I’ve seen some wild set-ups in my time, for years people have been bolting wooden blocks to their BB’s, rigging two levers up to a single brake, blowing their tyres up with helium, using a shoelace as a straddle cable, grinding teeth off an old sprocket to make a bash guard… the list is endless and I’m missing plenty. Modifications have always been part of BMX and solving the problems associated with the kind of abuse bikes like ours have to endure.
…And then someone has to go and take it too far. Often you’ll get an over enthusiastic designer (some even go as far to call themselves ‘inventors’ like it’s the 19th century…) who’s looking to solve problems that can’t be solved efficiently, if at all. Some even look to solve problems that don’t even exist. Today we’re going to look at some of those bad designs that get churned out and discuss why they’re not the kind of thing you should/would put on your bike.
It is probably worth noting that although I have a broad experience of the BMX and general cycle trade I do not have a back ground in engineering, nor am I a product designer so this article is purely opinion, essentially I’m just an extremely picky BMX rider of 15 years. In other words; I’m broke, don’t sue me.
This one tickles me every time, the Curbrider pedals are a ‘pedal’ that bolt directly onto your 19mm spindle in place of your cranks. This way you can get rid of that oppressive drivetrain that was holding you back for all those years and join your scooter comrades on your new balance bike and feel more connected to the earth… because you kick-push now. Jesus..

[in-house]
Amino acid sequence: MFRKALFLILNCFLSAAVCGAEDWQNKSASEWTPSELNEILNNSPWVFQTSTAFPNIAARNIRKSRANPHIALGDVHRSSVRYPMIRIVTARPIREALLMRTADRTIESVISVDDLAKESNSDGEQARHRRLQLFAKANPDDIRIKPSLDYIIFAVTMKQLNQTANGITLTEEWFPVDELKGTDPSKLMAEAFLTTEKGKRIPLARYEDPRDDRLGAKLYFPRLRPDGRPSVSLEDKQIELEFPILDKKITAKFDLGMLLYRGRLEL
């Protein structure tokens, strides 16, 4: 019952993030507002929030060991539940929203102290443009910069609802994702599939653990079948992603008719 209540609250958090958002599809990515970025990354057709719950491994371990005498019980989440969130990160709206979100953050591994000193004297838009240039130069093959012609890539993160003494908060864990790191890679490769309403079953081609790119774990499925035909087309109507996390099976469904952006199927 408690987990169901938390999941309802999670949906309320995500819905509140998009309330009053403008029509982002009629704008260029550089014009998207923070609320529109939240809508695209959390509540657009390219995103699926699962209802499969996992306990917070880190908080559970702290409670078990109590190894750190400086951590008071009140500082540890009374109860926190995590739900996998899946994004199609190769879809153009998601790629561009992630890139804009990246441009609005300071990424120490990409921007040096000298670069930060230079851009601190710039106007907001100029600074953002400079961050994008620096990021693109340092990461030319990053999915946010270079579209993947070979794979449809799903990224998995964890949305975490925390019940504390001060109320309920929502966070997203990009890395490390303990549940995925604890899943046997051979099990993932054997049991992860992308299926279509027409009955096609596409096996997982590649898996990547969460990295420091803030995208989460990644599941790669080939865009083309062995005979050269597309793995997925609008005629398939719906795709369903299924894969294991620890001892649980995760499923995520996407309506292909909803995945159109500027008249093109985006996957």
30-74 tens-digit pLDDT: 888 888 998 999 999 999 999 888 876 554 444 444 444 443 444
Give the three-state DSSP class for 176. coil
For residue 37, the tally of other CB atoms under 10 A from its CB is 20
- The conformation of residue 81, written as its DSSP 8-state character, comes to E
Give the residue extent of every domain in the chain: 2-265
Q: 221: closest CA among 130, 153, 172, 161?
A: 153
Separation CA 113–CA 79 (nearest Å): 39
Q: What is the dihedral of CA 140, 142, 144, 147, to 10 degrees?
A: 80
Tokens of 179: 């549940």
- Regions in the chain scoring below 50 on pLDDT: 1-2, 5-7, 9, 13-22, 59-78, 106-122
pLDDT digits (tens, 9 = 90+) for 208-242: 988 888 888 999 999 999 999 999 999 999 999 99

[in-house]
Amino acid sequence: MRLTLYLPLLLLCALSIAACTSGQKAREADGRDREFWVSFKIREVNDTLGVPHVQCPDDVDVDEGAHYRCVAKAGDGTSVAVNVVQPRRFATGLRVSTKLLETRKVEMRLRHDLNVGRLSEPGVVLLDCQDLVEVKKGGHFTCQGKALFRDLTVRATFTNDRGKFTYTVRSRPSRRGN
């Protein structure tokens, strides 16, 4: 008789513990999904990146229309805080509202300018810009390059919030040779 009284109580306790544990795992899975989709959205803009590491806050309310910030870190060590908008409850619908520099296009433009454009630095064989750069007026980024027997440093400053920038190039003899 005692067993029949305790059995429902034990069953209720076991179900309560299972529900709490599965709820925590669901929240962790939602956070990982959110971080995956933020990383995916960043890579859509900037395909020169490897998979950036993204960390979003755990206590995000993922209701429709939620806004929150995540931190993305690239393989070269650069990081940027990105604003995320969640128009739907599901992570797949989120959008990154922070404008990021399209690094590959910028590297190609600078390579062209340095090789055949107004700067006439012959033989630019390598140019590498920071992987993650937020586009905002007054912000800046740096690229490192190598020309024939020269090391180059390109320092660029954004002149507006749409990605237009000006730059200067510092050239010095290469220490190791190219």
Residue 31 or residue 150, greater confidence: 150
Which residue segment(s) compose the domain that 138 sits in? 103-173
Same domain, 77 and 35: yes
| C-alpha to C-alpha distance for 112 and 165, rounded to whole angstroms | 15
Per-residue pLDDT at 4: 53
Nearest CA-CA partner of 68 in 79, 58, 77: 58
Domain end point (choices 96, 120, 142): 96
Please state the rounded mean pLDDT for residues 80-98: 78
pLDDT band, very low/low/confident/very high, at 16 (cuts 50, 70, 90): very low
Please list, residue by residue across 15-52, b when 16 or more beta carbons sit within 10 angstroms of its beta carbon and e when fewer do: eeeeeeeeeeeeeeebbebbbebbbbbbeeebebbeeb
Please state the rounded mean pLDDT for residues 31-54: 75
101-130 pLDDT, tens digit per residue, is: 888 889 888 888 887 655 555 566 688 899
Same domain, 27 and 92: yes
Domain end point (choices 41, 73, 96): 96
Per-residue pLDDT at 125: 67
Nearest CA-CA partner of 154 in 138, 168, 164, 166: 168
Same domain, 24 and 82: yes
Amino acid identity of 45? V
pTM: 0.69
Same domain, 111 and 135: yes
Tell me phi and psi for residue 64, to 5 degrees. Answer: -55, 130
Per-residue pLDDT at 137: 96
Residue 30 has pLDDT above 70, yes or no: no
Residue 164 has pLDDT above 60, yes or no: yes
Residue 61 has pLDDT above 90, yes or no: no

Admittedly we appeared enthusiastic about Affix gyro when we posted the exclusive but I think this one will be tucked away, along with the UFO and the ‘beancan’ gyros, to the constraints of history. While aesthetically the Affix gyro is a ton tidier and a load lighter than the traditional Brian Scura design, it just didn’t cut it with the public, probably because of the fact you need a ruddy great hole in the side of your headtube to accommodate it. The way the entire load was put on a single cable rather than two thus decreasing its longevity probably didn’t help either.
Nope. Roller pegs are nothing new but pegs with bearings is a recipe for some expensive grinds. Even IF the bearings lasted long enough to do a feeble/ loop out on an icepick, the moment you drop your bike on your side the bearings are gonna start dying, quick. That’s only if the dropouts on Ed Miliband’s aluminium GT Power Series don’t kick the bucket first though.
At what point during the late 90’s/ early 00’s did people start thinking; ‘What I really need is a hunchback’ ? Like the S&M Elevenz bars are to big handlebars, the Snafu Sushi bars were to small bars; at 6″ tall and 23″ wide these were the smallest available. It wasn’t uncommon to see fully grown Quasimodo men running these bars with a brake lever clamped under the crossbar.
The above photo popped up on my Facebook feed under ‘suggested post’ a few days ago and later Kurt posted it to The Union, it’s a bolt on ‘frame guard’ that bolts through the chainstay bridge (like a kick-stand) and clamps onto the downtube in the same style as GT and Kore did back in the day. While it might initially give the impression that it will protect your frame or provide a great grinding surface, the clamp will more than likely put high amounts of stress on a part of your frame that simply is not designed to take that type of clamping load. Even more so if you have thinner gauge or butted tubing typical of today’s frames.
While we’re here, does anyone else find the company’s URL etched into the side a little fishy and non-bmx-y? A brief dig around reveals the company’s ‘C.E.O’ is a real estate broker and the bash guard itself was developed by a registered defence contractor. Do with that information what you will.